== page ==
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Has the era of dual-gated myocardial perfusion SPECT and PET arrived?

  • Koichi Okuda
  • Kenichi Nakajima
Editorial
  • 322 Downloads

Many studies have investigated how to eliminate image blurring caused by cardiac and respiratory motions in cardiac single-photon emission computed tomography (SPECT) and positron emission tomography (PET) images. Cardiac electrocardiographic (ECG)-gated SPECT and PET are established methods with which to monitor the beating heart, which allows evaluation of cardiac functions such as left ventricular ejection fraction (LVEF), cardiac volume, and the contraction indices. Consequently, an algorithm was created to generate images that are free of cardiac motion, and it has been clinically applied.1 Image blurring caused by cardiac motion was eliminated while myocardial count density was maintained. By contrast, some medical devices can monitor and measure abdominal and thoracic movements during respiration,2 and a data-driven algorithm to detect respiratory motion is also available.3 Therefore, clinical dual-gated myocardial perfusion SPECT and PET image acquisitions could become routine considering these technological advancements.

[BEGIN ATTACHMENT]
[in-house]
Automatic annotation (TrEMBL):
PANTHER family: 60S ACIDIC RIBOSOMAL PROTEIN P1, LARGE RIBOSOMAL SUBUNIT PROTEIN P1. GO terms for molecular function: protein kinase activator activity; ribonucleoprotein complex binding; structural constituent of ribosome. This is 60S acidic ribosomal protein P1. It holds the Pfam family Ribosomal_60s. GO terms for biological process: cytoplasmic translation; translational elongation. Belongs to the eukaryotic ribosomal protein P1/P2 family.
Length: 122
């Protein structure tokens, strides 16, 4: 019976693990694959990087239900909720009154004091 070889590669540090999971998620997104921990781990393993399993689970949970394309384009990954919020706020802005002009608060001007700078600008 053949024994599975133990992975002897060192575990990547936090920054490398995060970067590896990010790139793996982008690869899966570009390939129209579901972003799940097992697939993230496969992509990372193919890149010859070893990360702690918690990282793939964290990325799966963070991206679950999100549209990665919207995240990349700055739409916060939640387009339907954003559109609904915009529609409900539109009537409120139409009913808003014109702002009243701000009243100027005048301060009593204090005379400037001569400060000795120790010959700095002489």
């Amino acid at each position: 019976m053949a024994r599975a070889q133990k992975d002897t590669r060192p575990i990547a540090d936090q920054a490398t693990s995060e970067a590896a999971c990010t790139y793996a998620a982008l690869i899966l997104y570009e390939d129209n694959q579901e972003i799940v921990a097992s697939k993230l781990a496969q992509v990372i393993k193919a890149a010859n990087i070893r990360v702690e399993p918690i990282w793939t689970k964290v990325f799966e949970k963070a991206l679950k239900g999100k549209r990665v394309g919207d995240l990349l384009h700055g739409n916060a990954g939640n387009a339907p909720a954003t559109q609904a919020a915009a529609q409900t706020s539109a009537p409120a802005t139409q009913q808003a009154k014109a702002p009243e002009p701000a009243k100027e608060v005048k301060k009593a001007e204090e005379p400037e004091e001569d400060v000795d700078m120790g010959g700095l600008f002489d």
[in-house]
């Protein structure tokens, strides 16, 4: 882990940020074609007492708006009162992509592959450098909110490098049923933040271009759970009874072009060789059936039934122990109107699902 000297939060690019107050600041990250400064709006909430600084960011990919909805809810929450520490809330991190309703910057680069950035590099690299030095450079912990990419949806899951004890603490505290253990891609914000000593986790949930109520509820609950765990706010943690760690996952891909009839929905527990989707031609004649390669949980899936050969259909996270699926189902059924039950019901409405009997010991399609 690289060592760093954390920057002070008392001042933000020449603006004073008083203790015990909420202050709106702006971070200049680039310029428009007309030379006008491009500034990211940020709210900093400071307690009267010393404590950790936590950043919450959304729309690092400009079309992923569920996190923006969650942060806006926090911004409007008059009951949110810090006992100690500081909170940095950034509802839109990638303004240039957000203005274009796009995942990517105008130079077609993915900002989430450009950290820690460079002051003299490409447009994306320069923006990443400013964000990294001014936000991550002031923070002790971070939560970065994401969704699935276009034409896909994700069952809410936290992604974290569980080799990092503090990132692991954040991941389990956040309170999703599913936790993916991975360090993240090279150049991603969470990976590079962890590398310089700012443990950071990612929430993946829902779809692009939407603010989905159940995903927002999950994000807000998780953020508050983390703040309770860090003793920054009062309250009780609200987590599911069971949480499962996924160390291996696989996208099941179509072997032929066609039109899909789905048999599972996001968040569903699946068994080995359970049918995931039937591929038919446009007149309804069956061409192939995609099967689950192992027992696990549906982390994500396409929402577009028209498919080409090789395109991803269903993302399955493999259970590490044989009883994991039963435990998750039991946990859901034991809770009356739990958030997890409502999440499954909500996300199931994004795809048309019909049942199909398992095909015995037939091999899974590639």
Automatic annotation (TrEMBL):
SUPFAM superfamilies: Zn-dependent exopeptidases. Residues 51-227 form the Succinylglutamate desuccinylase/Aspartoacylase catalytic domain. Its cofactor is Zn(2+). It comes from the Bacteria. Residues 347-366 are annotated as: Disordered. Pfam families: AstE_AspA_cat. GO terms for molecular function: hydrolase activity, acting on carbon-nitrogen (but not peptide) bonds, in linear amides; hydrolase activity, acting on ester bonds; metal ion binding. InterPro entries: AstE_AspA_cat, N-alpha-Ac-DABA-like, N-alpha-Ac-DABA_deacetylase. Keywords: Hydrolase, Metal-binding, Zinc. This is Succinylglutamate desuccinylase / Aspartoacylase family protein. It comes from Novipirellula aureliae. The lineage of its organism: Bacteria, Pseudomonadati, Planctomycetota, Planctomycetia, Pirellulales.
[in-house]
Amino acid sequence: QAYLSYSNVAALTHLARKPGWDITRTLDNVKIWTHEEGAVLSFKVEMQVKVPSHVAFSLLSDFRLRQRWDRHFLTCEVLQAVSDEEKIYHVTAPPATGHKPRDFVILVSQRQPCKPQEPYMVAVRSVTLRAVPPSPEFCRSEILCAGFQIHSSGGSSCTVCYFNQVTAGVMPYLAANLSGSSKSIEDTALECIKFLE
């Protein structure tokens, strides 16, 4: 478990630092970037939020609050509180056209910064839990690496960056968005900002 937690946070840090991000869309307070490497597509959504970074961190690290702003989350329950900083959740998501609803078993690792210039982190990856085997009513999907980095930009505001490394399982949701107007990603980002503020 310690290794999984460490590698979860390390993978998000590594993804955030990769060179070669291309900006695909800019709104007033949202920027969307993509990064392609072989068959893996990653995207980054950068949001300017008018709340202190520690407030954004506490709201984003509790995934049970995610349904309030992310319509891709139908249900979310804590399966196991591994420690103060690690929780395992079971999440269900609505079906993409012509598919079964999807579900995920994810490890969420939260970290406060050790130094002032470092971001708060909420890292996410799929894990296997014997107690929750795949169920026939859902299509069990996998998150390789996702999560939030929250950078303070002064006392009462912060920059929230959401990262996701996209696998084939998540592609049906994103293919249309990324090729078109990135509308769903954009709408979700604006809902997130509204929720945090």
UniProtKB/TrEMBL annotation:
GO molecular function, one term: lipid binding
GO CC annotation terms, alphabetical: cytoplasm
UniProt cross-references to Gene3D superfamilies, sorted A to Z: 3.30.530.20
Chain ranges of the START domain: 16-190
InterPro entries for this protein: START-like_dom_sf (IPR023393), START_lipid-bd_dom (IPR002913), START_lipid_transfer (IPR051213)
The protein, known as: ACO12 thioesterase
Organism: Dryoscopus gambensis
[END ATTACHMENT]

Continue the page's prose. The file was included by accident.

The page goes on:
However, since organ displacement cannot be accurately measured due to cardiac and respiratory motions in clinical patients and precise organ movements cannot be reproduced in an acrylic phantom, algorithms and software for detecting respiratory and cardiac motions are difficult to validate. A mathematical digital phantom is a powerful simulation tool that can evaluate the effects of cardiac and respiratory motions on the quality of SPECT and PET images. A 4D extended cardiac-torso (XCAT) anthropomorphic digital phantom based on a realistic model of patient anatomy is available from the Duke University.4 Cardiac and respiratory motions can be simulated in this phantom based on gated X-ray computed tomography data, and amplitudes and timing for each motion can be mathematically controlled. We acquired virtual myocardial perfusion SPECT images using the 4D XCAT digital phantom through simulating medical imaging nuclear detectors (SIMIND) Monte Carlo software5 to authenticate a novel program that can evaluate ECG-gated myocardial perfusion SPECT data.6 Figure 1 shows an example of normal myocardial perfusion images derived from a clinical patient and a digital phantom. The image quality of the digital phantom was essentially equivalent to that of the clinical patient. This is because not only cardiac 99mTc activity but also hepatic, pulmonary, and background activities in the digital phantom were considered in that comparison (Figure 1A, B). Moreover, cardiac and other organ movements were also represented. Polar maps created out of data generated from the digital phantom and the patients corresponded in terms of ECG-gated SPECT functions such as perfusion at end-diastolic and end-systolic timings, wall motion, and wall thickening (Figure 1C).